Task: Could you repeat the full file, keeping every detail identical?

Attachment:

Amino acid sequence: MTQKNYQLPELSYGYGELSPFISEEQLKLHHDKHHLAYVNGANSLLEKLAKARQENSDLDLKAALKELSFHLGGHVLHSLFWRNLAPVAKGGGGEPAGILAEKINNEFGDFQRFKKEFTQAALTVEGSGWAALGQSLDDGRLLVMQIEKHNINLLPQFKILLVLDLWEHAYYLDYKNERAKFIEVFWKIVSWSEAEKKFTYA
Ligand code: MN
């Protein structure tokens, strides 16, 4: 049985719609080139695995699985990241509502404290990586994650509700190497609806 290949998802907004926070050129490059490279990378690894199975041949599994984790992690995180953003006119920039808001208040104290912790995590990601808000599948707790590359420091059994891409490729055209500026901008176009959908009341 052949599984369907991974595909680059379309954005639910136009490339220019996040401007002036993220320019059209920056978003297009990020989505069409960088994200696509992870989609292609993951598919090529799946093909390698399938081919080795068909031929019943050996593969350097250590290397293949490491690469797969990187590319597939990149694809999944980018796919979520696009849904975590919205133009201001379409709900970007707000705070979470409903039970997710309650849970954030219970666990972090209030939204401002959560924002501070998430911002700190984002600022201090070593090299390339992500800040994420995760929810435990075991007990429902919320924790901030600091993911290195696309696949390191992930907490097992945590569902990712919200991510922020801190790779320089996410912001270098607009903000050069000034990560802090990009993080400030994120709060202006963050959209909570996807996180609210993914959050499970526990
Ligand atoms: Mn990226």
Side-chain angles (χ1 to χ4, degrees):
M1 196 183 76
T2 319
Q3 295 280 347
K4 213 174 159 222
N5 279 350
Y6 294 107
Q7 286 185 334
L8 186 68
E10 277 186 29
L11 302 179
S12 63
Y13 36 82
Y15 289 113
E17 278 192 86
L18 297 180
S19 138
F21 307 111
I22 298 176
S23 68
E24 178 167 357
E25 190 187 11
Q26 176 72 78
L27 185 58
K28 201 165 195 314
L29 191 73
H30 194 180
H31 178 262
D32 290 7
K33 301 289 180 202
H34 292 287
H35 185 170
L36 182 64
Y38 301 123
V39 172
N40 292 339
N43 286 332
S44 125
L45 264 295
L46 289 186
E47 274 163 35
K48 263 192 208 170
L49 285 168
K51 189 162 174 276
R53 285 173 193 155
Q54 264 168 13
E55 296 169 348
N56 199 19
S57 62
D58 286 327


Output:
Amino acid sequence: MTQKNYQLPELSYGYGELSPFISEEQLKLHHDKHHLAYVNGANSLLEKLAKARQENSDLDLKAALKELSFHLGGHVLHSLFWRNLAPVAKGGGGEPAGILAEKINNEFGDFQRFKKEFTQAALTVEGSGWAALGQSLDDGRLLVMQIEKHNINLLPQFKILLVLDLWEHAYYLDYKNERAKFIEVFWKIVSWSEAEKKFTYA
Ligand code: MN
């Protein structure tokens, strides 16, 4: 049985719609080139695995699985990241509502404290990586994650509700190497609806 290949998802907004926070050129490059490279990378690894199975041949599994984790992690995180953003006119920039808001208040104290912790995590990601808000599948707790590359420091059994891409490729055209500026901008176009959908009341 052949599984369907991974595909680059379309954005639910136009490339220019996040401007002036993220320019059209920056978003297009990020989505069409960088994200696509992870989609292609993951598919090529799946093909390698399938081919080795068909031929019943050996593969350097250590290397293949490491690469797969990187590319597939990149694809999944980018796919979520696009849904975590919205133009201001379409709900970007707000705070979470409903039970997710309650849970954030219970666990972090209030939204401002959560924002501070998430911002700190984002600022201090070593090299390339992500800040994420995760929810435990075991007990429902919320924790901030600091993911290195696309696949390191992930907490097992945590569902990712919200991510922020801190790779320089996410912001270098607009903000050069000034990560802090990009993080400030994120709060202006963050959209909570996807996180609210993914959050499970526990
Ligand atoms: Mn990226």
Side-chain angles (χ1 to χ4, degrees):
M1 196 183 76
T2 319
Q3 295 280 347
K4 213 174 159 222
N5 279 350
Y6 294 107
Q7 286 185 334
L8 186 68
E10 277 186 29
L11 302 179
S12 63
Y13 36 82
Y15 289 113
E17 278 192 86
L18 297 180
S19 138
F21 307 111
I22 298 176
S23 68
E24 178 167 357
E25 190 187 11
Q26 176 72 78
L27 185 58
K28 201 165 195 314
L29 191 73
H30 194 180
H31 178 262
D32 290 7
K33 301 289 180 202
H34 292 287
H35 185 170
L36 182 64
Y38 301 123
V39 172
N40 292 339
N43 286 332
S44 125
L45 264 295
L46 289 186
E47 274 163 35
K48 263 192 208 170
L49 285 168
K51 189 162 174 276
R53 285 173 193 155
Q54 264 168 13
E55 296 169 348
N56 199 19
S57 62
D58 286 327